KHOPOTSO: If memories can be taken to the grave, the latest party Peter hosted in December, would probably be one of the two that he would be smiling about for eternity. Had he known, he would have probably said that this was his exit party from life here on earth. The other one was in April when he threw a party to celebrate 20 years of living with HIV and to say ‘€œthank you’€ to all those who had supported him over that period. I remember his lack of modesty when I interviewed him shortly after that party. I made the mistake in one of my leading questions of saying there were some 100 people in attendance.

PETER BUSSE: Don’€™t sell me short. There weren’€™t a hundred people. There were 250 friends and colleagues.    

KHOPOTSO: A little over a week before Peter Busse died I had called him on his

cellphone and in his typically forthright, yet colourful and cheerful self, he announced not so long into our conversation that ‘€œKhopotso, darling, I’€™m hosting a small party and it’€™s kind of rude that I’€™m on the phone with you. Let me call you tomorrow morning’€. We said our good-byes early that Friday evening before Christmas, unaware that that would be the very last time we’€™d ever chat. But not wanting him to worry about calling me back the next morning, I quickly wrote him a short text message to convey one from a mutual friend, the reason I had called him.                                              

Busse was always the life and soul of the party, but at his party in December, reveals another mutual friend who attended, Peter was not his usual self. It’€™s reported that ‘€œhe was tired’€ and that ‘€œhe spent most of the evening in bed’€. Earlier in the year, Peter had intimated to me that he was exhausted from his work on HIV and AIDS education, here and abroad. He described his exhaustion in an extremely profound and prophetic manner.

PETER BUSSE: That’€™s a feeling which I’€™ve had many times, of like, ‘€œI cannot do this anymore. I am just tired. I just want to kind of rest. And I want to rest, like, for so long that it just like eases into death’€.                              

KHOPOTSO: He eventually died, and quite unexpectedly, last Friday morning on January the 06th. But, as he thought about death and dying, Peter never really viewed that eventuality as a big ending.    

PETER BUSSE: Your residue remains scattered (he chuckles) across hundreds of people, that you, in a sense, continue to live. You know, if I were to die today I would continue to be a kind of reality in many people’€™s lives for a long time to come. I don’€™t see death as the end. I think it’€™s just like a change.    

KHOPOTSO: And change he has brought to many lives in his own lifetime, tracking the   ‘€œlate forties’€, as he would often say, shy to reveal his true age. In 1987, two years after his own diagnosis with HIV, Peter joined the cause of teaching and creating awareness about the infection. Before the end of that decade, he and a group of others, including the late anti-apartheid, gay rights and AIDS activist Simon Nkoli, founded the Township AIDS Project, based in White City Jabavu, Soweto. Amongst many of his involvements following that, he was recently the chairperson of the community track of the 13th International AIDS Conference, held in Durban, in 2000.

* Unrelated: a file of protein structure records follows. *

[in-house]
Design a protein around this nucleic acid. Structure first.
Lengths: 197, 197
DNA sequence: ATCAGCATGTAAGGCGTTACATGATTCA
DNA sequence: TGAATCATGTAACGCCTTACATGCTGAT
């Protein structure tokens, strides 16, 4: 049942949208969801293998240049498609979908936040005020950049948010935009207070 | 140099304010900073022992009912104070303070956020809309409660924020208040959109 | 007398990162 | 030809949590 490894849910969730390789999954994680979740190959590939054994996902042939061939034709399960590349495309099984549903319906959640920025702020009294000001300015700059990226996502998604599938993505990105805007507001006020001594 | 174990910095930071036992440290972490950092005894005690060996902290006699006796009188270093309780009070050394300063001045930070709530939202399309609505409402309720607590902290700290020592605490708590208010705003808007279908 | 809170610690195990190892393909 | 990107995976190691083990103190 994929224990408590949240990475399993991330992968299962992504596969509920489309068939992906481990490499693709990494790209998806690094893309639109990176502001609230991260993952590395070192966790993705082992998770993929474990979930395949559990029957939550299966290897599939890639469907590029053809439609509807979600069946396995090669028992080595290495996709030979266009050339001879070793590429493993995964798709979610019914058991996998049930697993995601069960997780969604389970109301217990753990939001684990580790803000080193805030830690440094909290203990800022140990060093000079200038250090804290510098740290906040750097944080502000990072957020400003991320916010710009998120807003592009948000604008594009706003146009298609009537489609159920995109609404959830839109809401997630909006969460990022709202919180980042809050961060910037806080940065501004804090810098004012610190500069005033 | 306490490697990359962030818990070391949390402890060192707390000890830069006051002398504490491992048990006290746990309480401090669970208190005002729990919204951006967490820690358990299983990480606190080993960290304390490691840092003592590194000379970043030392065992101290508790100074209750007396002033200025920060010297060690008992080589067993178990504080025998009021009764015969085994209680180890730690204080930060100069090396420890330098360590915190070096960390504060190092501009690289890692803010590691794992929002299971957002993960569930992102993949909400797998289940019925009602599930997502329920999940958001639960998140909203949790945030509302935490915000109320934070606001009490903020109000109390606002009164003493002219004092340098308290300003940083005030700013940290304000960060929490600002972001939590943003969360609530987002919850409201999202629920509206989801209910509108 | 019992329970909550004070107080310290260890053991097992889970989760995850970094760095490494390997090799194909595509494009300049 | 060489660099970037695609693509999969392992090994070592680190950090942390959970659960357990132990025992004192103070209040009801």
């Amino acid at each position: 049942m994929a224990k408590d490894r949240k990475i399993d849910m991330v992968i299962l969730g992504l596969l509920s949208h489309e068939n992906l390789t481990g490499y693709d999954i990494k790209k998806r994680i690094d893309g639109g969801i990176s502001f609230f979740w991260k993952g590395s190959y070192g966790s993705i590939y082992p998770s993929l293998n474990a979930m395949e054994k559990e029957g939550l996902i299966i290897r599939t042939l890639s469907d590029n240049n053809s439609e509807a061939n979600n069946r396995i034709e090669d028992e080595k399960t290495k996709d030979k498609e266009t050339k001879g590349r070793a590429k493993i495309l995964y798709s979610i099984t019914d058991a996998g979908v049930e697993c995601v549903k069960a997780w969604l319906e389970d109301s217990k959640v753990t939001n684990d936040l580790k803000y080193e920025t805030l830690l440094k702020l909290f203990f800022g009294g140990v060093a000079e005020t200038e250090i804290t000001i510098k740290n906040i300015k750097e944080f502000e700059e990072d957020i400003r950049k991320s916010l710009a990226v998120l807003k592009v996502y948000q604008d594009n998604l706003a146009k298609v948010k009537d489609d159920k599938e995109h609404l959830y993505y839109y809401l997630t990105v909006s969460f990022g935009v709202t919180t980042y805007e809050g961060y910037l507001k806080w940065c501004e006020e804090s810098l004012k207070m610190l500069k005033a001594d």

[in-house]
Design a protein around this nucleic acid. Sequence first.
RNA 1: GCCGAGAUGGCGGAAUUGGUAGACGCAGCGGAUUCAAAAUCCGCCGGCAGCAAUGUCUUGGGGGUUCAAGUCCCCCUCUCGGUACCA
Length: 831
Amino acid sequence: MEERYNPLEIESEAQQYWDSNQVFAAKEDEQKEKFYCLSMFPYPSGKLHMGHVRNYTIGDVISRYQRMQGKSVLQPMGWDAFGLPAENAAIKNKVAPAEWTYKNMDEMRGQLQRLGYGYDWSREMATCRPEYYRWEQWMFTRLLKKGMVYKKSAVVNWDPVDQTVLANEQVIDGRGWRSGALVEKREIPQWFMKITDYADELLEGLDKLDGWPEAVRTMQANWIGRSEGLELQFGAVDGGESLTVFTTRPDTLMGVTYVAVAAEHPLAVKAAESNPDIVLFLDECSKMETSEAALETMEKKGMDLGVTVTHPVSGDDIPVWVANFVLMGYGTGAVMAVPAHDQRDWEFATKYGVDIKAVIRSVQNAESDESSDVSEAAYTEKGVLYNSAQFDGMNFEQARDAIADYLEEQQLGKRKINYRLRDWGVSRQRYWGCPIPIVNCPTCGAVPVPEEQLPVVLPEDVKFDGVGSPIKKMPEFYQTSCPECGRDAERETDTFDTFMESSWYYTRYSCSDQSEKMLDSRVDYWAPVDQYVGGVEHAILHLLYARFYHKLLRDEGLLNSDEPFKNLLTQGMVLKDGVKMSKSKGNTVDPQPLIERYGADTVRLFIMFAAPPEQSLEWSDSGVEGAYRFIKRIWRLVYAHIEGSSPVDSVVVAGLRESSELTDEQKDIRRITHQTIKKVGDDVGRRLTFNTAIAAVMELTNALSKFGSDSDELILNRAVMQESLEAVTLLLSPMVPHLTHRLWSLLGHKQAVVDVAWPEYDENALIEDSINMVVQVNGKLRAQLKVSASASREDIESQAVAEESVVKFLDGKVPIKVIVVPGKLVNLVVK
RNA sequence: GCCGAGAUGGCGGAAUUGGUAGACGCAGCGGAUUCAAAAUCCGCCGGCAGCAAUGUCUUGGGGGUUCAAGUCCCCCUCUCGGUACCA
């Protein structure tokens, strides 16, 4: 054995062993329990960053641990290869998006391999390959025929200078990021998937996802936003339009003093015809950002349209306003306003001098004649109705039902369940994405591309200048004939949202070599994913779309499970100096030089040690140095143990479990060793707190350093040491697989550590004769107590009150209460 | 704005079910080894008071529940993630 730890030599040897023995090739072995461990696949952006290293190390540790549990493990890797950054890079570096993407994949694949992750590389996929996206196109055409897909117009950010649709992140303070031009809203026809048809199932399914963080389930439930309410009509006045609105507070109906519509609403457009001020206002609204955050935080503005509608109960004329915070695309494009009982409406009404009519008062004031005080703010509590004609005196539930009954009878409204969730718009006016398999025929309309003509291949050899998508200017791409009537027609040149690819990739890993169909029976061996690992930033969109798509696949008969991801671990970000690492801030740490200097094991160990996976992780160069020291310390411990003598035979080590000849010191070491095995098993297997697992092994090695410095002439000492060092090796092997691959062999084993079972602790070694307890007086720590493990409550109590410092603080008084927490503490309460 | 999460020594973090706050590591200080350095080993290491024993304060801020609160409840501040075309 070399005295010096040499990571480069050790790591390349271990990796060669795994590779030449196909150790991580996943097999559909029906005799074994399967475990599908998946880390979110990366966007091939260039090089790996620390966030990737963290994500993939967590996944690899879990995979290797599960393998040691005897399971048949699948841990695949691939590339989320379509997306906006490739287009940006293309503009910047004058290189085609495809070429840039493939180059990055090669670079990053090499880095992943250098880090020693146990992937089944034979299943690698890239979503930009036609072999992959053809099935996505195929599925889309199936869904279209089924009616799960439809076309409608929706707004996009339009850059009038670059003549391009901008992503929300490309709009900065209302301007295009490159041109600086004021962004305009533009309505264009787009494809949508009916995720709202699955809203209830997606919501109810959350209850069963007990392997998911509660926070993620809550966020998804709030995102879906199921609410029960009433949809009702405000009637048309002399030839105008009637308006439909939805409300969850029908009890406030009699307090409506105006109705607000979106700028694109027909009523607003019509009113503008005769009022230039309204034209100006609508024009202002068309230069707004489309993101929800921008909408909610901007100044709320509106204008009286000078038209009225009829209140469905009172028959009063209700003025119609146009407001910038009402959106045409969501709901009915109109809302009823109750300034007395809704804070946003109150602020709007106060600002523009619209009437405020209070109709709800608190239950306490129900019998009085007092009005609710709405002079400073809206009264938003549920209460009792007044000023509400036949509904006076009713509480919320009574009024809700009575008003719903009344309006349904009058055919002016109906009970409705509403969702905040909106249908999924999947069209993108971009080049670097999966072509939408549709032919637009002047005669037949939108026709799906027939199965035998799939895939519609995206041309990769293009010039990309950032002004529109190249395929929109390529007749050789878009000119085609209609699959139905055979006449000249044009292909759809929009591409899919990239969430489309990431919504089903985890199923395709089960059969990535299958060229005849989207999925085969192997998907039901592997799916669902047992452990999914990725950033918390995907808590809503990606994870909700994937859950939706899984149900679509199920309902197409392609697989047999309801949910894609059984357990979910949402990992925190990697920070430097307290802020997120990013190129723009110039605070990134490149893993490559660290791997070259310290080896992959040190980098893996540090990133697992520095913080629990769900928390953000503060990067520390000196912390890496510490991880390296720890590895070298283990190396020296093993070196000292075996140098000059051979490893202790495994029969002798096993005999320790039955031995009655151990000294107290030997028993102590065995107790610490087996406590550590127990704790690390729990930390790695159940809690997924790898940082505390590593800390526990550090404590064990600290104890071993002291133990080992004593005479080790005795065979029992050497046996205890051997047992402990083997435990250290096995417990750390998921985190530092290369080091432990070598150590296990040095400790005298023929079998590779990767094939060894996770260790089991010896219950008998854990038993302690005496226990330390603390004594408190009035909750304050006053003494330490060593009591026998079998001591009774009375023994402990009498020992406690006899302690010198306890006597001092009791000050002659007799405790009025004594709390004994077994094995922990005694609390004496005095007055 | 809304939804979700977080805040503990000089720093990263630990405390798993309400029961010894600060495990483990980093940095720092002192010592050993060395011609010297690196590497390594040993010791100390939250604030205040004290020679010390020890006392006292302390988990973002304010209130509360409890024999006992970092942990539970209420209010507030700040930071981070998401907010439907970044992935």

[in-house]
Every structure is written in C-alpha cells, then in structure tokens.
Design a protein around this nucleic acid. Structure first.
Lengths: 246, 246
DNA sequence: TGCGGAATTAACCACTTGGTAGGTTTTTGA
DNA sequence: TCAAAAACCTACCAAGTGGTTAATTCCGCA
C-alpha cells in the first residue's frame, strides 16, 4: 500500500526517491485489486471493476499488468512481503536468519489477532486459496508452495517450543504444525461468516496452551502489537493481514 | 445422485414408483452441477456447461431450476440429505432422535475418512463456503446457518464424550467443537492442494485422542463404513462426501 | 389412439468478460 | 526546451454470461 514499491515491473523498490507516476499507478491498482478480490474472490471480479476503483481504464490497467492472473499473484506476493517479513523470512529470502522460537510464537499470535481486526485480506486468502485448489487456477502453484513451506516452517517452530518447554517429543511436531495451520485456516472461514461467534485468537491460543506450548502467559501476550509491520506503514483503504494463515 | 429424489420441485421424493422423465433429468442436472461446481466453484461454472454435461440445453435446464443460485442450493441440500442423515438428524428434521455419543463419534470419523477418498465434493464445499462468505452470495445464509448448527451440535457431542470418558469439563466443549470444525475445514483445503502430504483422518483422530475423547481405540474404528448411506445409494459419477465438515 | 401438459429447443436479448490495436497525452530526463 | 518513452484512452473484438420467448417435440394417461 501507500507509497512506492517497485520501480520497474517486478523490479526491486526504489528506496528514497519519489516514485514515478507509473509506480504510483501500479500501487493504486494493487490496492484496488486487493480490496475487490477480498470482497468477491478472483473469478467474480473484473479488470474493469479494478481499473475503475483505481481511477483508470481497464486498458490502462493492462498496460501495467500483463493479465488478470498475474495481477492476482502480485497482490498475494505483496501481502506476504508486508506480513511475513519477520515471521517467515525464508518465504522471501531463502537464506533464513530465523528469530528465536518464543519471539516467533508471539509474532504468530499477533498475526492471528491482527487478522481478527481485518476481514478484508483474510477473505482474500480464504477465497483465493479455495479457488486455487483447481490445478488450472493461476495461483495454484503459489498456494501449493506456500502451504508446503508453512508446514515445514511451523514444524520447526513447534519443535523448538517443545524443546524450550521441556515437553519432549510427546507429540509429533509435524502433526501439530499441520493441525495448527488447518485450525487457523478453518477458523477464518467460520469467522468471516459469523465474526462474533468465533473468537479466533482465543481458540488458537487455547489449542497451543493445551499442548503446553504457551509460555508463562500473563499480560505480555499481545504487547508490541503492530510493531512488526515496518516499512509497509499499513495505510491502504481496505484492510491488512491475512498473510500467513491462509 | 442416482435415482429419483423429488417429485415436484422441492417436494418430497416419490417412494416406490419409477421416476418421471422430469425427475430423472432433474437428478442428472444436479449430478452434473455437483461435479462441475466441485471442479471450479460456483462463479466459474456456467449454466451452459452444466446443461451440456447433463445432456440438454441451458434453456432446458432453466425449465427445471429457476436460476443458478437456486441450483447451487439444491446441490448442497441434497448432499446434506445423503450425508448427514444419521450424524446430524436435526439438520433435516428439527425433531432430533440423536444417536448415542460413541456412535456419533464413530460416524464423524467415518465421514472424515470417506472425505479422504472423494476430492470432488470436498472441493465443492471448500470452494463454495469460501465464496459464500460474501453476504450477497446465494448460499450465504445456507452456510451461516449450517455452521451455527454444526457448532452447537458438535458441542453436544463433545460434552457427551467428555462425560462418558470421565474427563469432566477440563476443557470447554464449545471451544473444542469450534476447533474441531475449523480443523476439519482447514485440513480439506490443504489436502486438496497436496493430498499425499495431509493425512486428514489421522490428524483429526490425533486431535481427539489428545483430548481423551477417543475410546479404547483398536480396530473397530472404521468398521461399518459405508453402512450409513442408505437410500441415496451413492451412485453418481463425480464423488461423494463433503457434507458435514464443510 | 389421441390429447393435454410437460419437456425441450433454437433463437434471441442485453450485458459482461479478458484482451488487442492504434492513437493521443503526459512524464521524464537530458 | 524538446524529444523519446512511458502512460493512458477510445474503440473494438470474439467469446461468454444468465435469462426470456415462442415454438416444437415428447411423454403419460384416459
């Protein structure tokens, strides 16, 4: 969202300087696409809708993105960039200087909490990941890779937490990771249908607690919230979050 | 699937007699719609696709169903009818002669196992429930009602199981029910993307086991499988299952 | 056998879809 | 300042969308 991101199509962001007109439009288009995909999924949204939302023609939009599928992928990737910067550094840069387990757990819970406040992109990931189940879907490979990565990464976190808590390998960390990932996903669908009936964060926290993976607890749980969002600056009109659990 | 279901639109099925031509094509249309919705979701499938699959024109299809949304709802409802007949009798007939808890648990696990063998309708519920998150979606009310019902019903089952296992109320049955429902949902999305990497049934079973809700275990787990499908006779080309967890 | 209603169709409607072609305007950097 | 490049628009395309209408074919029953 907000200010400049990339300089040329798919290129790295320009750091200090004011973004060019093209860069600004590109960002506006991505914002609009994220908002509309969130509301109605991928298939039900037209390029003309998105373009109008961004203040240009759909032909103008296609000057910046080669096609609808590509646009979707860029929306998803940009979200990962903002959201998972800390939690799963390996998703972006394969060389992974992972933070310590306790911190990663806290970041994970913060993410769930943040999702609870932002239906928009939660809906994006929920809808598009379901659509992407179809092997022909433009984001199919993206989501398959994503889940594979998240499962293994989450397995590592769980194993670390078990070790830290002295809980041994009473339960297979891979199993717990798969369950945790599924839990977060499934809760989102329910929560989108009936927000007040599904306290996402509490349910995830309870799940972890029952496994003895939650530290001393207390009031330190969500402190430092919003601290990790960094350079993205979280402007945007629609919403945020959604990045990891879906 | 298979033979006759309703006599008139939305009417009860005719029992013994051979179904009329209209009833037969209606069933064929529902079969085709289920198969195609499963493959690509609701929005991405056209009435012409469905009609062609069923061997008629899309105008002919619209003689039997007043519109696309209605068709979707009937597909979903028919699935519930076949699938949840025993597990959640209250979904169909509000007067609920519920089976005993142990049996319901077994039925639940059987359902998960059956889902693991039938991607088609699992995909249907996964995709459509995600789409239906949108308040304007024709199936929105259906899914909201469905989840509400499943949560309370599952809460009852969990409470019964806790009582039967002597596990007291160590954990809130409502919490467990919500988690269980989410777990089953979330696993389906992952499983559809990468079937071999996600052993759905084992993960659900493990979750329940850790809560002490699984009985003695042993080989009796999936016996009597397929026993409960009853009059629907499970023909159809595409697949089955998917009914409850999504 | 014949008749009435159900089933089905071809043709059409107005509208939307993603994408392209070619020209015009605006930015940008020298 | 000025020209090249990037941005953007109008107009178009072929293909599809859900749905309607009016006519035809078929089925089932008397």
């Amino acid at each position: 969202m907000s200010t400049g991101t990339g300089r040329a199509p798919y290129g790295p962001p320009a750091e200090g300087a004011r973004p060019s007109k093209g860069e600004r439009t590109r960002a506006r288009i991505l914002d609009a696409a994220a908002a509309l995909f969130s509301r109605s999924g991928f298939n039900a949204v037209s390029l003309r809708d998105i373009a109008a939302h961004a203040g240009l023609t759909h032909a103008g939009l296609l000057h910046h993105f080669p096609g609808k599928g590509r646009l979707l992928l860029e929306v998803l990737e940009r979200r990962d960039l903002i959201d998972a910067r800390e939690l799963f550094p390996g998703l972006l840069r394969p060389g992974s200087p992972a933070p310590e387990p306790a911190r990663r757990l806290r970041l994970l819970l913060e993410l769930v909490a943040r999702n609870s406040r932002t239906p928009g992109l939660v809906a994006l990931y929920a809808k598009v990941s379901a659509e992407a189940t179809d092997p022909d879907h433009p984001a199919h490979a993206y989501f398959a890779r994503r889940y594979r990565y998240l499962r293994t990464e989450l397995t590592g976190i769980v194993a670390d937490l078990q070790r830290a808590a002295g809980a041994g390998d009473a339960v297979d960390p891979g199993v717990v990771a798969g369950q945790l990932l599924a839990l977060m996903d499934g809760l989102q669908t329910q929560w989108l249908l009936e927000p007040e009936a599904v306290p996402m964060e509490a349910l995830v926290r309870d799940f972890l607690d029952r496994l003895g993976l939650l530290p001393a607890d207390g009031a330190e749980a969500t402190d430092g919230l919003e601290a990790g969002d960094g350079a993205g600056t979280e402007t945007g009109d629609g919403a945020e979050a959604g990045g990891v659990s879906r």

At a time when antiretroviral therapy was available to only a few who could afford it in South Africa, Busse was lucky enough to have the means and support to gain access to the medication. By his own admission, in part, he owed his 20 years of living with HIV to the medicine, which he started taking in the late 1990s. But with all the love and support from his family, friends and colleagues, plus the wealth of knowledge he had, including the best medical care he could get, Busse was not perfect at taking care of himself.

PETER BUSSE: I’€™m basically a human being. I’€™m not that compliant with my taking of my ARVs, which I should be ‘€“ and, which, I feel quite so shy to talk about publicly – but I’€™m not, you know. Pierre, a friend of mine asked me ‘€˜when do you take your ARVs in the morning’€™?

And I said ‘€˜no specific time. I just take it when I have breakfast and that can be anytime from, like, 05h00 a.m. until noon’€™. And he was kind of quite shocked’€¦ ‘€˜Some times even later’€™. So, there, a big confession. And, you know that I smoke. You’€™ve seen me during meetings, like, every break, puff, puff, puff. I don’€™t kind of look after myself in this, like, perfect, cocoonish way. But I’€™d say access to treatment, love and support and, also, just having a very positive attitude.          

KHOPOTSO: His attitude caused a lot of the people surrounding him constant worry, especially those who knew that he had a chronic Hepatitis B infection, dating back to before he was diagnosed with HIV in 1985. It is believed that this condition, accompanied by a depleted immune system as a result of HIV and AIDS, ultimately led to his death. Memories of Peter Busse will always be fond. His spirit will live on in plenty parties to come. His teachings will continue to change and, potentially, save lives. Personally, I will always remember his generous and loving nature, his hearty laughter and the twinkle in his eye. Busse will be cremated at noon at the Thom Kight funeral parlour in Vrededorp, Johannesburg, on Saturday, the 14th. A memorial service will be held in his honour at 15h00 that afternoon at Parktown, Johannesburg’€™s Linder Auditorium.

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